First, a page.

The Sunnyvale, Calif.-based company is looking to raise $100 million, according to a prospectus filed Nov. 26 with the Securities and Exchange Commission. The company intends to use net proceeds from the filing to repay about $4 million it borrowed from Silicon Valley Bank and the remainder for general corporate purposes, including working capital and capital expenditures.
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Details of the filing show that Atheros' revenue more than tripled from the beginning of the year to Sept. 30, compared with the same period a year ago, and while the company continues to lose money, those losses are decreasing.
Atheros was one of the first companies to deliver 802.11a chipsets, which have chips in terms of shipments to the retail market, the largest segment of the wireless networking industry. But the company has become a major supplier of 802.11b and 802.11g chips and is pushing to expand its position in the wireless networking industry, diversify its customer base, and extend into new markets such as consumer electronics. Atheros competes with Broadcom, Intel and Philips Semiconductor in the Wi-Fi chip business.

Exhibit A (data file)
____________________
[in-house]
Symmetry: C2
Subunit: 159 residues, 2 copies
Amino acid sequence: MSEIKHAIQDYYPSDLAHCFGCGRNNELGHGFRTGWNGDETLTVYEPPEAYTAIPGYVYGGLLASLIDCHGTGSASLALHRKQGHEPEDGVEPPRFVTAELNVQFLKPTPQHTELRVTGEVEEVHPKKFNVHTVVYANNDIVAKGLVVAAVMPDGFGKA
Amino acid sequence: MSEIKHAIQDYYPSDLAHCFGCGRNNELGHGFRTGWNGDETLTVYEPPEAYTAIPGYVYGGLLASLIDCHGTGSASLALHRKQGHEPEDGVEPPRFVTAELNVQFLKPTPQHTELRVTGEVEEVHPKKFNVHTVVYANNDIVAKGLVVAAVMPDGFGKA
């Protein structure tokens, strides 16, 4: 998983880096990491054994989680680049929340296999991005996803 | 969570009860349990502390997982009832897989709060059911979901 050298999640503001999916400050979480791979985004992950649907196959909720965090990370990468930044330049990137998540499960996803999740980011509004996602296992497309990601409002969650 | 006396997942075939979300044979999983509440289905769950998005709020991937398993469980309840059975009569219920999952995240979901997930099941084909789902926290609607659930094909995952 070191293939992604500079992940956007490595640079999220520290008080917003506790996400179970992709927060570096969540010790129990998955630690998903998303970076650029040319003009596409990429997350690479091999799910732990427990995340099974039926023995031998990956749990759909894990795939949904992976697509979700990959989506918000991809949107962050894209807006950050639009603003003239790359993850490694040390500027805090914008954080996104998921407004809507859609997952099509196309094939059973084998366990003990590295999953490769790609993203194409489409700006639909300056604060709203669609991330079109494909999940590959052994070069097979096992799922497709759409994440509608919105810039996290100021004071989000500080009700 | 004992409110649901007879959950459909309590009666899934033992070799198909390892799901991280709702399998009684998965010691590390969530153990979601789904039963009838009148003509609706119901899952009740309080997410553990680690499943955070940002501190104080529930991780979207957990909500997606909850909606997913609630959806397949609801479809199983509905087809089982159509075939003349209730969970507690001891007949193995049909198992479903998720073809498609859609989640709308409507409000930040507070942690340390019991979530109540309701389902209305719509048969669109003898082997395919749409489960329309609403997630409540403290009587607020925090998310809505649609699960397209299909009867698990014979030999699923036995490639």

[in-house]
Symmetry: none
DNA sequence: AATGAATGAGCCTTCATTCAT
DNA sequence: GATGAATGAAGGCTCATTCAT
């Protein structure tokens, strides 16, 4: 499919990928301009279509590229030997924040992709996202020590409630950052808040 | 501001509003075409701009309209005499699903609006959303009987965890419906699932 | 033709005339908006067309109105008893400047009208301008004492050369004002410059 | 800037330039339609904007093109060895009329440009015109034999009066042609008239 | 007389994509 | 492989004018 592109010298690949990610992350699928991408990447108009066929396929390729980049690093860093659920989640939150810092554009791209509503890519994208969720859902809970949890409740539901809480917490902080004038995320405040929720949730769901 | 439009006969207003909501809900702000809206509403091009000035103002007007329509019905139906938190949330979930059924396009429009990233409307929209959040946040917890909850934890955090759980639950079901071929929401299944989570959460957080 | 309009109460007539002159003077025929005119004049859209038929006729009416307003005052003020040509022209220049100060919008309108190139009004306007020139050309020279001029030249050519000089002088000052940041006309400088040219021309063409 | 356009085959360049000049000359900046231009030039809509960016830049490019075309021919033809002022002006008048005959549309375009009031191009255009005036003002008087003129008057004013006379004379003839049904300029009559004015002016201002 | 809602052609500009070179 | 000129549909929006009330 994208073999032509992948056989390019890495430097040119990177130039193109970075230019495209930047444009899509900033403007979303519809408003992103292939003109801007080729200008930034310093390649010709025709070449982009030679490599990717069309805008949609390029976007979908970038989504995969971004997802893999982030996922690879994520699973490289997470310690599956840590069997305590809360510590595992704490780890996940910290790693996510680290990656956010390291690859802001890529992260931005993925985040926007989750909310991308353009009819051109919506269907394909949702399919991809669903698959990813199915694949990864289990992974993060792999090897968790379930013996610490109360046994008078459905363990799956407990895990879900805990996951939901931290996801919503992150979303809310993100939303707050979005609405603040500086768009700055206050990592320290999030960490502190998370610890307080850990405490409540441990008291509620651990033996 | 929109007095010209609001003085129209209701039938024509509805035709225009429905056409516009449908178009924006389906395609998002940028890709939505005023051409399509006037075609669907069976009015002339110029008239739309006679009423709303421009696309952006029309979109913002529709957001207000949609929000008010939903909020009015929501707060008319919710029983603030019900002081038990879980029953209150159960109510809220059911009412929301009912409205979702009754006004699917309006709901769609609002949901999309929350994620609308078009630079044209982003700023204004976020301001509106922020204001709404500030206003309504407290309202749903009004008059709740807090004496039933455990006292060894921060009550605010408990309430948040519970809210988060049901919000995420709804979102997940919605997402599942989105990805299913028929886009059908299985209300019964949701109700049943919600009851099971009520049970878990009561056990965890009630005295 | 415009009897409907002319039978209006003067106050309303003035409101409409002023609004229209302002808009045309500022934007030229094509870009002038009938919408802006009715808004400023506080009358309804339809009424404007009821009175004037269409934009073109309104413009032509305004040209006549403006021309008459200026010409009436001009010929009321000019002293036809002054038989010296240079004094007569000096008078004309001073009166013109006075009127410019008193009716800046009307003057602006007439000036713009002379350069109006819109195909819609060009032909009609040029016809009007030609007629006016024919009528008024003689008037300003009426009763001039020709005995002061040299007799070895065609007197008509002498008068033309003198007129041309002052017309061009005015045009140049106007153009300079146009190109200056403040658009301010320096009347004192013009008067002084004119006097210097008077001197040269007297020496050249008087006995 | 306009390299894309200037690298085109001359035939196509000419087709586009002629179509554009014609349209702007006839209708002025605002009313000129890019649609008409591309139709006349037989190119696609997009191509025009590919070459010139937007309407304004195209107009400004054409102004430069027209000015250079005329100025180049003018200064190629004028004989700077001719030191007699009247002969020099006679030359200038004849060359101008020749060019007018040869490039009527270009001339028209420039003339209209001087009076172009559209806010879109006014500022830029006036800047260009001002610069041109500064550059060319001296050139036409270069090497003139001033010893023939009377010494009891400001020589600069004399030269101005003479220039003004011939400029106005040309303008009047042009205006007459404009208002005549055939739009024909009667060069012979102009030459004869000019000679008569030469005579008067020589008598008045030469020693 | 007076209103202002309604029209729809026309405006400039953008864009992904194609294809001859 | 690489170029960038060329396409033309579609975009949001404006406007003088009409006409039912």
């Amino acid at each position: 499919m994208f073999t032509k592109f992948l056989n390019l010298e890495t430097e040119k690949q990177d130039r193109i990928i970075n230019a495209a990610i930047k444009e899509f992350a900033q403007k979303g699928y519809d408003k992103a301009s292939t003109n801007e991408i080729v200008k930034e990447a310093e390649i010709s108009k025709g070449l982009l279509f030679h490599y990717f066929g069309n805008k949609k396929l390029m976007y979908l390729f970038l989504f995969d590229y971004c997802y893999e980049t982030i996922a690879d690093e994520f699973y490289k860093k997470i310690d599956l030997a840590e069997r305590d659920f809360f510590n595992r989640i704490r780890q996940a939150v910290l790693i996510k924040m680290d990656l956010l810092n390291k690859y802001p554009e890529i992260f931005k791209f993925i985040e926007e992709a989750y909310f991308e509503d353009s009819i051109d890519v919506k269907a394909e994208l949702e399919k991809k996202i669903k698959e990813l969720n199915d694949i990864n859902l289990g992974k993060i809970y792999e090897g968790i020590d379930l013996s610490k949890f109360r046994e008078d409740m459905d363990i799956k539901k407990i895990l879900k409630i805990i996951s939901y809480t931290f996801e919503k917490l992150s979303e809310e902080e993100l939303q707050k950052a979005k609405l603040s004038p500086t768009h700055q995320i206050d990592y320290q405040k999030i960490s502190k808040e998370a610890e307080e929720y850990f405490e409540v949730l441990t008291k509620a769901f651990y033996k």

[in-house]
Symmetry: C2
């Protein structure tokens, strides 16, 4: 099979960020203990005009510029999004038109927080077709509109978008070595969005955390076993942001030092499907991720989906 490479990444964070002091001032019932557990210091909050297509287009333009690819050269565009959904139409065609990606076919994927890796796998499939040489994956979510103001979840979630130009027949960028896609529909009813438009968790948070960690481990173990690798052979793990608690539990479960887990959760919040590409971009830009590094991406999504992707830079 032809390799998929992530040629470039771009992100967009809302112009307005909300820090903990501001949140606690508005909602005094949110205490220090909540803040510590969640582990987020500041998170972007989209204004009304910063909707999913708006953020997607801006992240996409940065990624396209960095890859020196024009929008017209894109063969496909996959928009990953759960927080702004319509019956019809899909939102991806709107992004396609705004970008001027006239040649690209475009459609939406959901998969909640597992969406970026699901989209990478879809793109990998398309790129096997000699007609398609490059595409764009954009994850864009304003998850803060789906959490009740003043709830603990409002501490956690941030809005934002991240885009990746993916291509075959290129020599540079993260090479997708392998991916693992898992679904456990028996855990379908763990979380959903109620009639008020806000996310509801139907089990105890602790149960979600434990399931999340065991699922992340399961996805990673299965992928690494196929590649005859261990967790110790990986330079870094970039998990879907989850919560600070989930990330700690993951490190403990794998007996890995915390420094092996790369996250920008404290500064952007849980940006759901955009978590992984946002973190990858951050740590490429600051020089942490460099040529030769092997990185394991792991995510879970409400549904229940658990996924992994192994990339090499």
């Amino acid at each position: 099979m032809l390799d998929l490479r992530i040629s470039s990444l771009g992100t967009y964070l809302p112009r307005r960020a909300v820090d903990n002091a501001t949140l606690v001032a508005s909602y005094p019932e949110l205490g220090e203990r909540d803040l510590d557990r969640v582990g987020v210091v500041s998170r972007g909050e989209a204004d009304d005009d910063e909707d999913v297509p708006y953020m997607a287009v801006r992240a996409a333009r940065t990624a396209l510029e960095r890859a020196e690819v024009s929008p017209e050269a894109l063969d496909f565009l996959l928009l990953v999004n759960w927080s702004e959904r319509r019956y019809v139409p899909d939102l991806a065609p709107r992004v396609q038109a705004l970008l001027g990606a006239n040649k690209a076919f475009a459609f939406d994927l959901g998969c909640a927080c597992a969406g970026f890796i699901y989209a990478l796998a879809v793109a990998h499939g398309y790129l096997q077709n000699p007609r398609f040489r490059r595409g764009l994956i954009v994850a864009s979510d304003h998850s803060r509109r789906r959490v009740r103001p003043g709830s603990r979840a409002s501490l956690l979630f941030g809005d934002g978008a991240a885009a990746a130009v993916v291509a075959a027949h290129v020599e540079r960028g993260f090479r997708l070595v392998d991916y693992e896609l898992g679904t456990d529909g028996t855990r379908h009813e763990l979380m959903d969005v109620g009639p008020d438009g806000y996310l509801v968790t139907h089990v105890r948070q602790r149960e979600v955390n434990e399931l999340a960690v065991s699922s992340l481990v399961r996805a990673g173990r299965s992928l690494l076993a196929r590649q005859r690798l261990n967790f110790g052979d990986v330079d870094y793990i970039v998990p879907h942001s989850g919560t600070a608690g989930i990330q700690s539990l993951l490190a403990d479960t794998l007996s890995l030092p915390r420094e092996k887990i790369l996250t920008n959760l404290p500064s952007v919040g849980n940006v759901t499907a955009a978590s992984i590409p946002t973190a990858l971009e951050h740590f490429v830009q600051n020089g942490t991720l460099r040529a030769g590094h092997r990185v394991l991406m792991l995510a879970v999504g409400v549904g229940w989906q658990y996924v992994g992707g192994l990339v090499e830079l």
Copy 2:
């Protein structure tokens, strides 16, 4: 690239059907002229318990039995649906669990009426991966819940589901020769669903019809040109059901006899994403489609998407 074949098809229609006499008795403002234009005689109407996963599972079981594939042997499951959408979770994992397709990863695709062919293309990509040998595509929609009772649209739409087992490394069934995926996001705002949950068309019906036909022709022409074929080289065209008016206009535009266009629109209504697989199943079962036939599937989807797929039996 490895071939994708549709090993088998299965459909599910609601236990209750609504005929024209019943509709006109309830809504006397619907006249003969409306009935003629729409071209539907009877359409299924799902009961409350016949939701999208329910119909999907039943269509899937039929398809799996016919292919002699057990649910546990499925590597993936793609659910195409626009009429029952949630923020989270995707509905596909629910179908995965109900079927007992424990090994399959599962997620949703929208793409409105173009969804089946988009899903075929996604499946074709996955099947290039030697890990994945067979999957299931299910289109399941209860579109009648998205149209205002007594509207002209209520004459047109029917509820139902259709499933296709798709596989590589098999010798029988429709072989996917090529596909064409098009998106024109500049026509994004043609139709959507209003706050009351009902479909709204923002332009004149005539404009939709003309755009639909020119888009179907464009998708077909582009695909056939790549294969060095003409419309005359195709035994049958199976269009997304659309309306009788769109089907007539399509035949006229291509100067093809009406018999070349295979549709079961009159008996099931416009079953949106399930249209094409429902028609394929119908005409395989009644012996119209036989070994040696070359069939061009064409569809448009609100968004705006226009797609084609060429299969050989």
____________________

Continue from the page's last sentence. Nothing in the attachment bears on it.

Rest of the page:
Atheros sells its chips to original design manufacturers (ODMs) and primarily receives revenue from them. ODM Global Sun Technology accounted for 28 percent of Atheros' net revenue during the nine months that ended Sept. 30, and Ambit Microsystems accounted for 19 percent. Sales to Asian customers accounted for 98 percent of net revenue and 91 percent for the year ended Dec. 31, 2002.
Atheros reported a revenue of $49.7 million for the first nine months of the year and a net loss of $12.9 million. For the same period a year ago, the company had revenue of $16.5 million and a net loss of $16.2 million.
Atheros' chips are found in PCs from, Sony and as well as Wi-Fi gear manufacturers D-Link, IO Data, Linksys, Microsoft, NetGear, Philips and Proxim.
Atheros has approximately 170 employees, according to the filing.